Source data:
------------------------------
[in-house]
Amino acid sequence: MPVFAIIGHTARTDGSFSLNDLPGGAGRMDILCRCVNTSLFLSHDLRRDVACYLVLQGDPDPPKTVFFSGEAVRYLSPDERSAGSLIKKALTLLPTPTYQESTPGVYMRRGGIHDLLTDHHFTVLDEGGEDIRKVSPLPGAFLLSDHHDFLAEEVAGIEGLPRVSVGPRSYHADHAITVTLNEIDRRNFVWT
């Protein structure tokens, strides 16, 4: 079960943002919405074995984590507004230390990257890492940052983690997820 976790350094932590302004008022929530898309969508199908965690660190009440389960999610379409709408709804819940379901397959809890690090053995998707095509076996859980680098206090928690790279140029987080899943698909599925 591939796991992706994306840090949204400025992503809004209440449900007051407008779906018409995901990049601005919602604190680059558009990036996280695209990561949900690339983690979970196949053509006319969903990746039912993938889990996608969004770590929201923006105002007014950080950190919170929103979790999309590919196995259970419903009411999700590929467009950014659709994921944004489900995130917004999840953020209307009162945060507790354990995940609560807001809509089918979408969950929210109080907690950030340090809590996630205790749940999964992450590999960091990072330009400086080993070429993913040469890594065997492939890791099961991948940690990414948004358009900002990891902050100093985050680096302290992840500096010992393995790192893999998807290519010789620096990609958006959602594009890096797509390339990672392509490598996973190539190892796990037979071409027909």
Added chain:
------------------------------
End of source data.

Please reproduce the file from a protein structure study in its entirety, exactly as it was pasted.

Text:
[in-house]
Amino acid sequence: MPVFAIIGHTARTDGSFSLNDLPGGAGRMDILCRCVNTSLFLSHDLRRDVACYLVLQGDPDPPKTVFFSGEAVRYLSPDERSAGSLIKKALTLLPTPTYQESTPGVYMRRGGIHDLLTDHHFTVLDEGGEDIRKVSPLPGAFLLSDHHDFLAEEVAGIEGLPRVSVGPRSYHADHAITVTLNEIDRRNFVWT
């Protein structure tokens, strides 16, 4: 079960943002919405074995984590507004230390990257890492940052983690997820 976790350094932590302004008022929530898309969508199908965690660190009440389960999610379409709408709804819940379901397959809890690090053995998707095509076996859980680098206090928690790279140029987080899943698909599925 591939796991992706994306840090949204400025992503809004209440449900007051407008779906018409995901990049601005919602604190680059558009990036996280695209990561949900690339983690979970196949053509006319969903990746039912993938889990996608969004770590929201923006105002007014950080950190919170929103979790999309590919196995259970419903009411999700590929467009950014659709994921944004489900995130917004999840953020209307009162945060507790354990995940609560807001809509089918979408969950929210109080907690950030340090809590996630205790749940999964992450590999960091990072330009400086080993070429993913040469890594065997492939890791099961991948940690990414948004358009900002990891902050100093985050680096302290992840500096010992393995790192893999998807290519010789620096990609958006959602594009890096797509390339990672392509490598996973190539190892796990037979071409027909």
Added chain: